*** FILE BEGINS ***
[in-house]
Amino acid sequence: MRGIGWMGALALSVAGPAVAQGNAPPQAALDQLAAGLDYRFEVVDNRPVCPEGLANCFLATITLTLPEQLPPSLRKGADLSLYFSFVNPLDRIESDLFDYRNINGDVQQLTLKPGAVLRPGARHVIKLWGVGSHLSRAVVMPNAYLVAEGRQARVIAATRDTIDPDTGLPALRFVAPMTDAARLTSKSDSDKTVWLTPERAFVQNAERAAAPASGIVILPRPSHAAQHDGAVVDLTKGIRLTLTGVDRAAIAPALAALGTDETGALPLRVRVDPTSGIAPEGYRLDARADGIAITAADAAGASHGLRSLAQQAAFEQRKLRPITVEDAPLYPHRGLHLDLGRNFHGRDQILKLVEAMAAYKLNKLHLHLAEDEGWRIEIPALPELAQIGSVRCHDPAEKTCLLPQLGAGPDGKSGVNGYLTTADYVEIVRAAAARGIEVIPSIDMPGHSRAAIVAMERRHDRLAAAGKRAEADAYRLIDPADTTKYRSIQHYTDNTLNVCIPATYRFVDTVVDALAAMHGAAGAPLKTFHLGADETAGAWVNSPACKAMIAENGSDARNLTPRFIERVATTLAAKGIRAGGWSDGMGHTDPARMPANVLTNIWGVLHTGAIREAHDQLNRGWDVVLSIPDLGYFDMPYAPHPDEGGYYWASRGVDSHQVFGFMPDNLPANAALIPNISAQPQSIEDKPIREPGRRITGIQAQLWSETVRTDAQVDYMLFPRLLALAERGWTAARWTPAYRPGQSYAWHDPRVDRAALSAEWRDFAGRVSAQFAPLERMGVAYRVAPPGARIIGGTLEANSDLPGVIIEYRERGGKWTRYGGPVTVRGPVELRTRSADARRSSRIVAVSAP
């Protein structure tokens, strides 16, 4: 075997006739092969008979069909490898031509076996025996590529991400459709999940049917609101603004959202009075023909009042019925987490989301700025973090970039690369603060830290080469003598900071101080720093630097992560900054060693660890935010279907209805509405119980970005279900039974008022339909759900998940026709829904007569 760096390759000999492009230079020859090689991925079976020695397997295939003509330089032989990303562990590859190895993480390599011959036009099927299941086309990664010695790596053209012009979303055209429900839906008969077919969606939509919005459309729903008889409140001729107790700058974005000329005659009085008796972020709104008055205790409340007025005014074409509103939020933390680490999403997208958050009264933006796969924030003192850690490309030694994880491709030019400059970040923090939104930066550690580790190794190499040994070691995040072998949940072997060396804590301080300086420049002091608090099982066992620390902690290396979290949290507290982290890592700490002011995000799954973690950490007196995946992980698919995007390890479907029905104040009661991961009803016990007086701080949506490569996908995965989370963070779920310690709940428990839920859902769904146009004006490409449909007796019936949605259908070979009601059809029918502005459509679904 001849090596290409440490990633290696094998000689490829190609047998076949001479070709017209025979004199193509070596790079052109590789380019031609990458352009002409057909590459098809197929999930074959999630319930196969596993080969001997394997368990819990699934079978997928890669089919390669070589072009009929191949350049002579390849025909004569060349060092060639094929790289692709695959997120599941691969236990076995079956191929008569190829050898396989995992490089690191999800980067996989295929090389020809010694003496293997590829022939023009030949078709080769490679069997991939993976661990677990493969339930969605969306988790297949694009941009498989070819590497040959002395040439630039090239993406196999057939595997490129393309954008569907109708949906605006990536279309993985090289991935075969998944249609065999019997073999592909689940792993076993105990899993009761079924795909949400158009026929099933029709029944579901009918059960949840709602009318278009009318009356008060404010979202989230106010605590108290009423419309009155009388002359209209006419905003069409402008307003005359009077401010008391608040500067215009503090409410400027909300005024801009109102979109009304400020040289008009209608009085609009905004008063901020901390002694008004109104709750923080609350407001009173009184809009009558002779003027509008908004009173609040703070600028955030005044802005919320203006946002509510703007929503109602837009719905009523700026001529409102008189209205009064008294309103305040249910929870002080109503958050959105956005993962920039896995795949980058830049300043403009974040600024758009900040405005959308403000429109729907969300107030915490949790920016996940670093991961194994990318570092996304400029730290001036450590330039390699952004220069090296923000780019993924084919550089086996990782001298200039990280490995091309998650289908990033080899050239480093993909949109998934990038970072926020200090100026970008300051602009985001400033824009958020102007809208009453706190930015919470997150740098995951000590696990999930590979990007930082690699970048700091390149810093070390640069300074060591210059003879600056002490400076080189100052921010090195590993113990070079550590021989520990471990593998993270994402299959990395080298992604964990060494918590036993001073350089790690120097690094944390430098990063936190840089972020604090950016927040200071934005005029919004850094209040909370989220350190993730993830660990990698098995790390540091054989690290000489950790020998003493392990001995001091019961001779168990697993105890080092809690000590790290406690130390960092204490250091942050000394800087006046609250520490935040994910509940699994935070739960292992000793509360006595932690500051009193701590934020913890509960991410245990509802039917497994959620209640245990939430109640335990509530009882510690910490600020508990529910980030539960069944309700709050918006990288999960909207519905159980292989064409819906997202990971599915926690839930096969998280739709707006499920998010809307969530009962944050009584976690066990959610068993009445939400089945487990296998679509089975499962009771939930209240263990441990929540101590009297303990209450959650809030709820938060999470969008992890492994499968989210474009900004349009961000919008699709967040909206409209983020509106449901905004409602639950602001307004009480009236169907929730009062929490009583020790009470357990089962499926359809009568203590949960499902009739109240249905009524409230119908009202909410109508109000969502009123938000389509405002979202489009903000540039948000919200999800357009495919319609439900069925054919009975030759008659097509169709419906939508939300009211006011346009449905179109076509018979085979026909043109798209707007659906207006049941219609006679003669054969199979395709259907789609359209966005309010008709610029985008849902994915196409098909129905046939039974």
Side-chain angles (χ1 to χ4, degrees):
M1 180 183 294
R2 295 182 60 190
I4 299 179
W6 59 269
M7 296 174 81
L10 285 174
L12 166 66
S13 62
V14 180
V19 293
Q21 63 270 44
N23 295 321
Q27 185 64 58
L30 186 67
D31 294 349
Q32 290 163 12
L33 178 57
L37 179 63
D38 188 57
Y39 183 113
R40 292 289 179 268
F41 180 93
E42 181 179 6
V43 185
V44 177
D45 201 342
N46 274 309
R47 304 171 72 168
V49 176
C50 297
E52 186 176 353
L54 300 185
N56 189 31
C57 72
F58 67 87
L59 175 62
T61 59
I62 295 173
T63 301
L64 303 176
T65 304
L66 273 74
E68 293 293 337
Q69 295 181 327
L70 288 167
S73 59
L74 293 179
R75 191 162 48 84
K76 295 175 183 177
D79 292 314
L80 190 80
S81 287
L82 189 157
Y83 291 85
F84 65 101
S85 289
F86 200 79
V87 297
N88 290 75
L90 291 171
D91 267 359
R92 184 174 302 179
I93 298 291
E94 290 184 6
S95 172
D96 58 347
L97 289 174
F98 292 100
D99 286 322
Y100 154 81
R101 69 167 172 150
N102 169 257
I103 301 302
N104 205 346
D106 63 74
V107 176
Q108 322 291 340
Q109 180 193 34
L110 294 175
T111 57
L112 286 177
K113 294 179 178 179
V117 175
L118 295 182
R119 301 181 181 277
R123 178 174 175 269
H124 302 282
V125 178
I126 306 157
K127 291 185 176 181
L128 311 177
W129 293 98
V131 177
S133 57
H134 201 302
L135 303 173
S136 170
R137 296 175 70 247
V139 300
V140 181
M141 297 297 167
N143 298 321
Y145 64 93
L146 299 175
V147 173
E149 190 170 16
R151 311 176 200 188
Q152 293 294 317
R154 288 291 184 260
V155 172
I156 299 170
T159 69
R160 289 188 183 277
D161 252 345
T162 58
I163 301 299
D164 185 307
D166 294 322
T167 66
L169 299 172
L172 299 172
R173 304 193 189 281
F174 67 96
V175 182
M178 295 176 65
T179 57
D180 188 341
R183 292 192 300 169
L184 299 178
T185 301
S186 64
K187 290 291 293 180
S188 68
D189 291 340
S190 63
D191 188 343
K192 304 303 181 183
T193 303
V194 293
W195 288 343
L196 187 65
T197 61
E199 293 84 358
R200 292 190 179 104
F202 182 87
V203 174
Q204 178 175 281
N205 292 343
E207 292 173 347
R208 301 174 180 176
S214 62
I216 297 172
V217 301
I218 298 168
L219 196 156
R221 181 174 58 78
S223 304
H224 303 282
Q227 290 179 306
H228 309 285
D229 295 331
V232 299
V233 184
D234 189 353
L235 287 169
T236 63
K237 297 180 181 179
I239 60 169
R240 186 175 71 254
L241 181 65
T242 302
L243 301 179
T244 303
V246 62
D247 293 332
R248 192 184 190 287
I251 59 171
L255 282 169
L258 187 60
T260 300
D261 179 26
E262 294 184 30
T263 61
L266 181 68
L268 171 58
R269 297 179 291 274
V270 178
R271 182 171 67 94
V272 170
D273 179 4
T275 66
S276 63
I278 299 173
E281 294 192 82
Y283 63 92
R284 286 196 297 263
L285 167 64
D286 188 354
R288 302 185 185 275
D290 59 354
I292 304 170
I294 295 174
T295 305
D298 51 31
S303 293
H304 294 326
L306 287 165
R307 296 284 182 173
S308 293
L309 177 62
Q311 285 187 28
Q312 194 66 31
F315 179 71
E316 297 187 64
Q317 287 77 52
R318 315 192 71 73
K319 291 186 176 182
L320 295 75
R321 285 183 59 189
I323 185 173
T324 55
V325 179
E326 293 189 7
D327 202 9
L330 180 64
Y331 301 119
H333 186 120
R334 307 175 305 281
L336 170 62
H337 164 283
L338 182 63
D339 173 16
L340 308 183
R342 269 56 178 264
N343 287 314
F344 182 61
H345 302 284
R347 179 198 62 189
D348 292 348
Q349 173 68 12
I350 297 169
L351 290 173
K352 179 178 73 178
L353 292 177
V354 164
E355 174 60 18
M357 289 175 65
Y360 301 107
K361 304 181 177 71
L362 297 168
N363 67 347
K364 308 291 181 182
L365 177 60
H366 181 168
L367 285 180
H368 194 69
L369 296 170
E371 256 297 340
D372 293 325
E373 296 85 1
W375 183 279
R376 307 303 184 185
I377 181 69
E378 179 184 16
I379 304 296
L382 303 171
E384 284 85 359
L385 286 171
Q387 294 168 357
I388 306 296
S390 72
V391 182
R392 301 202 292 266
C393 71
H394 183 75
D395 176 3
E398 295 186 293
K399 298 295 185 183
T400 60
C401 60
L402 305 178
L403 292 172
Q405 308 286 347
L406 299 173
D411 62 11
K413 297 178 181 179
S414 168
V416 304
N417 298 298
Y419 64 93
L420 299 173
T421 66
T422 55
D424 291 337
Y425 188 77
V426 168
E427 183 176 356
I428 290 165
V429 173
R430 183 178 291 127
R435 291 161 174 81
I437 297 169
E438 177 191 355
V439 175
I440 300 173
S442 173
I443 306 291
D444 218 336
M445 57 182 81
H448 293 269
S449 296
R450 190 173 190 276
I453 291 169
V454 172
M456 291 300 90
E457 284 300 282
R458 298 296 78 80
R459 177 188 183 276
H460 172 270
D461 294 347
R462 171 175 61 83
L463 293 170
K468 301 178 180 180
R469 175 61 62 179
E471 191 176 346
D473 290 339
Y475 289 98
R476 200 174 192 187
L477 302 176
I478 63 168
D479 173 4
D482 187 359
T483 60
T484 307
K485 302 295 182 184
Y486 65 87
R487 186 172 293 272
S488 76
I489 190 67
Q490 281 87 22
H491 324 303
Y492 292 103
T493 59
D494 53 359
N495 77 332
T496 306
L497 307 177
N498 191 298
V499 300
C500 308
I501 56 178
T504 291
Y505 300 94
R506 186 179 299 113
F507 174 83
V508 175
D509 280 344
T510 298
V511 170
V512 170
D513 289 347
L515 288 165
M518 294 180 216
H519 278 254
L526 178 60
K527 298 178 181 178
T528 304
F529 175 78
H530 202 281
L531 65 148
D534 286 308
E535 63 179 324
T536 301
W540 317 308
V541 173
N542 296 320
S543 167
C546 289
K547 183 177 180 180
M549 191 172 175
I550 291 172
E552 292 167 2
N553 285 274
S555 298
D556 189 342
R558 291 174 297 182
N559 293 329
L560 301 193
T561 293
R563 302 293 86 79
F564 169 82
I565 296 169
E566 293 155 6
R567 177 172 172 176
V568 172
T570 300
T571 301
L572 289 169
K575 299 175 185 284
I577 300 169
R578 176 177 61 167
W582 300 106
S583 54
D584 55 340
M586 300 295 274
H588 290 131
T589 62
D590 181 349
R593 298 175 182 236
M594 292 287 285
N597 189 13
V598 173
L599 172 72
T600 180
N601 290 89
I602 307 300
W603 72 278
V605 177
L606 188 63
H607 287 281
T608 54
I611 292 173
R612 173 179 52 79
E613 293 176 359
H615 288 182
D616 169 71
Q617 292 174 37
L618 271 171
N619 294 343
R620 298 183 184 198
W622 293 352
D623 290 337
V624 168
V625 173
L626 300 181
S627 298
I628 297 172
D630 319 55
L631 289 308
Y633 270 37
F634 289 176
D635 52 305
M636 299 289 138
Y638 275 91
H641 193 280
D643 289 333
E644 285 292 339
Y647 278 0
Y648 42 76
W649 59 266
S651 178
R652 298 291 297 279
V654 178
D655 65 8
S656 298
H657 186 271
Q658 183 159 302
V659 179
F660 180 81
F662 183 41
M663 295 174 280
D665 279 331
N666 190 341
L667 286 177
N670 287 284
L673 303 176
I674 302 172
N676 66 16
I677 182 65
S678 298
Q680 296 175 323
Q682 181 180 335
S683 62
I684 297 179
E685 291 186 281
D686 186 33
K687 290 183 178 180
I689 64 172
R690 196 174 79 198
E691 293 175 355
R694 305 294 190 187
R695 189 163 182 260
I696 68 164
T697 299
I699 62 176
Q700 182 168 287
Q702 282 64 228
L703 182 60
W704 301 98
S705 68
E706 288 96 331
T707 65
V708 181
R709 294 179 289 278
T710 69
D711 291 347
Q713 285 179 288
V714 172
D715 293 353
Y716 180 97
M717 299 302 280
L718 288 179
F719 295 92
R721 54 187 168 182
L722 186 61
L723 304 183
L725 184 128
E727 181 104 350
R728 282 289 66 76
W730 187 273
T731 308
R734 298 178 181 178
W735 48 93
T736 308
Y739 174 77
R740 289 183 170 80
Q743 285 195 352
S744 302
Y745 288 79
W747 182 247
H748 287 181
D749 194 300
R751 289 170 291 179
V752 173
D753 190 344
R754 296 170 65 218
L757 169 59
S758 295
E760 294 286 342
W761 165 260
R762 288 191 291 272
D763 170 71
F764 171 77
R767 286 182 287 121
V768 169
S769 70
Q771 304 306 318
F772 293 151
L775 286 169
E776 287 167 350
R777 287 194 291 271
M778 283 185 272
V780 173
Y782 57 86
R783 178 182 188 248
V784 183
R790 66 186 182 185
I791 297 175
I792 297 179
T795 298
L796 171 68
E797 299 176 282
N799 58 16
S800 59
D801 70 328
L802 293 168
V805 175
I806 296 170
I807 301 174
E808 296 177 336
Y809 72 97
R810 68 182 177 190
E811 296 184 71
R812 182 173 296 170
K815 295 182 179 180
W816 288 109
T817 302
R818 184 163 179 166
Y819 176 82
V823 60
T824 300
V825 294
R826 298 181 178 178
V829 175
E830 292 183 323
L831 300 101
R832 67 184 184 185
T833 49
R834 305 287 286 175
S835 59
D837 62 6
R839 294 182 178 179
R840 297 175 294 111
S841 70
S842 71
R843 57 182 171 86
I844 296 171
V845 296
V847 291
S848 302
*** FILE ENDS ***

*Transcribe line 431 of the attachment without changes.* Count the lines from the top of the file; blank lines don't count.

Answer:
Q617 292 174 37